⏱️ September 26, 2020
The enemy clearly has the upper-hand ✋ as the Romans disembark and head towards land. The military advantage is initially shown for the Britons 🇬🇧, although Julius Caesar quickly takes control of the situation with his prestige expertise in warfare. Julius Caesar remarks on the impact of his decision unraveling within the following chapters.
Before we dive into breaking down the Latin lines into the text we can more clearly comprehend, we will answer some questions based on the designated skill categories! The skill categories for these lines are Translation and Contextualization so be aware of that when you answer these questions
animadvertisset Caesar, scaphas longarum navium, item
speculatoria navigia militibus compleri iussit, et quos
laborantes conspexerat, his subsidia submittebat.
Nostri, simul in arido constiterunt, suis omnibus
consecutis, in hostes impetum fecerunt atque eos in
fugam dederunt; neque longius prosequi potuerunt,
quod equites cursum tenere atque insulam capere non
potuerant. Hoc unum ad pristinam fortunam Caesari
What main feature of a commentary is shown as depicted by how Caesar observes this situation in lines 1-2?
What literary convention is Julius Caesar conducting in lines 3-4?
Why did Julius Caesar conduct this literary convention in lines 3-4?
Why would the Roman soldiers be so successful on dry land, eventually routing their enemy?
Based on your knowledge of Roman history and previous books of Gallic War, name ONE AND ONLY ONE “wonted success” within the military that he has fulfilled PRIOR to this point?
Answers (Don't peek!👀)
A commentary can be written from the perspective of the individual writing the story. Julius Caesar recalls his events as he writes his books within about the Gallic Wars. He recalls his next course of action after spotting his soldiers being taken advantage of by the Britons. In an epic, such as the Aeneid, it was Vergil as the narrator describing the adventures and heroism from Aeneas.
Julius Caesar is addressing his troops on Roman warships and other vessels.
Caesar orders the Roman warships and other vessels to become manned once more and offers aid and relief to soldiers that attempted to disembark after their relocation to the empty enemy flank that proved to be to the Britons advantage once more.
The Roman army was the most advanced civilization of its time, with the optimum supplies and armor alongside the most skilled and trained soldiers under highly strategic generals, such as Julius Caesar, who is commonly known as one of the greatest military generals of all time. The Romans hand-to-hand and close combat skills were unmatched amongst the enemies and caused such overwhelming victories. This was how the later Rome would build and expand once the Augustus Caesar become emperor and Rome Empire came about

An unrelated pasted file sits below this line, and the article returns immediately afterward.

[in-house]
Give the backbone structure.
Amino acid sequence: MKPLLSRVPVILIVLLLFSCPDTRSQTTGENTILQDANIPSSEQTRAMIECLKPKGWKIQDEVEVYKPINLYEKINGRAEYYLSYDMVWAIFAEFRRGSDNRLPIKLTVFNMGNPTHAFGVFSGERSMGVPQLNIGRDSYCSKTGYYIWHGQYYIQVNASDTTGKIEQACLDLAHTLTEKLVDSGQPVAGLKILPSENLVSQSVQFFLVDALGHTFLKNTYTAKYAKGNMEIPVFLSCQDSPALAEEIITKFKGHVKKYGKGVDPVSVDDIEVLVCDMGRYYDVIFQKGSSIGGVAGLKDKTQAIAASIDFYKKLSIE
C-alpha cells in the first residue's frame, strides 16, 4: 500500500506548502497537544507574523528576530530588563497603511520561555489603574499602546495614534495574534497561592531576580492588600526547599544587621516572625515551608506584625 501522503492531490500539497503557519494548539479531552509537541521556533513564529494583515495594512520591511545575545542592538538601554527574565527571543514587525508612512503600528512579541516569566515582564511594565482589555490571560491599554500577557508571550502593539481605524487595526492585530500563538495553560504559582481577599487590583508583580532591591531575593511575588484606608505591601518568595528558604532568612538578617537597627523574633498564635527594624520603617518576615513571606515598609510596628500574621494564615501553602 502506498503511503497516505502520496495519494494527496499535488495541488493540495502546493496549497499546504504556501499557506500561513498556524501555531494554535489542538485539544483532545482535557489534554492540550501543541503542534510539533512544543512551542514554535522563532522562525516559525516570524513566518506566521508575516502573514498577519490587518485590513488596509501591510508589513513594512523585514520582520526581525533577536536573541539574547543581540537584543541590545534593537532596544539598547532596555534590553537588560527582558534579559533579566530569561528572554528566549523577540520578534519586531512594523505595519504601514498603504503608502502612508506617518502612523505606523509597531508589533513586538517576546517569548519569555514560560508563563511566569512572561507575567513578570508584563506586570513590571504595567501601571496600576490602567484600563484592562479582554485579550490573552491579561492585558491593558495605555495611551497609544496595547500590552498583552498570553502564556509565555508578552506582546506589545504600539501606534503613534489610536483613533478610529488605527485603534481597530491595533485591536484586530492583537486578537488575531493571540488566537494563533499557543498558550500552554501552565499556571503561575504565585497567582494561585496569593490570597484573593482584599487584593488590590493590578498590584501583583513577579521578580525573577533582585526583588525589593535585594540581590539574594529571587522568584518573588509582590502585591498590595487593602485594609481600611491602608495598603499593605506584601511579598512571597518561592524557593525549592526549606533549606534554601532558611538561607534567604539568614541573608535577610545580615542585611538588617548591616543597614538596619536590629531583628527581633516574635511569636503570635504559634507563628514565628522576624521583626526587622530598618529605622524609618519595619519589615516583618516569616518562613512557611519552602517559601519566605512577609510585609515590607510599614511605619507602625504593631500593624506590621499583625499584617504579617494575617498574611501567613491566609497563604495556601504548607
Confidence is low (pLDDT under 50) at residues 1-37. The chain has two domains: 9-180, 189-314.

First Trimuvirate or Helvetian campaign of 58 BC or Conquest of Belgae or Battle of Octodurus etc (there’s certainly others, just make sure that they are specifically military-based)
Quae cum adpropinquarent Britanniae et ex castris
viderentur, tanta tempestas subito coorta est ut nulla
earum cursum tenere posset, sed aliae eodem unde
erant profectae referrentur, aliae ad inferiorem partem
insulae, quae est propius solis occasum, magno sui
cum periculo deicerentur; quae tamen ancoris iactis
cum fluctibus complerentur, necessario adversā nocte
in altum provectae continentem petierunt.
Translate these lines as literally as possible
Translation (don’t peek👀!) Remember if you have different words than I did, that’s perfectly acceptable 😀 Just make sure they have the same meaning attached to them.
When they were approaching Britain and were seen from the camp, suddenly so vicious a storm appeared that none of them could contain its course; some were conveyed back to the same port from which they had begun, others were propelled away, to their great peril, to the lower, that is, closer to the west side of the island. Nevertheless, after having cast anchor, but as they started to fill with the water they were compelled to go in a night of stormy weather out to sea, and made for the Continent.
The Roman, under the support of the Tenth Legion and Julius Caesar’s repositioning of the warships, have now neared the enemy troops as they advanced towards the shoreline. Chapter 26 begins with Julius Caesar bluntly stating “The fighting was vigorous 😓 on both sides.”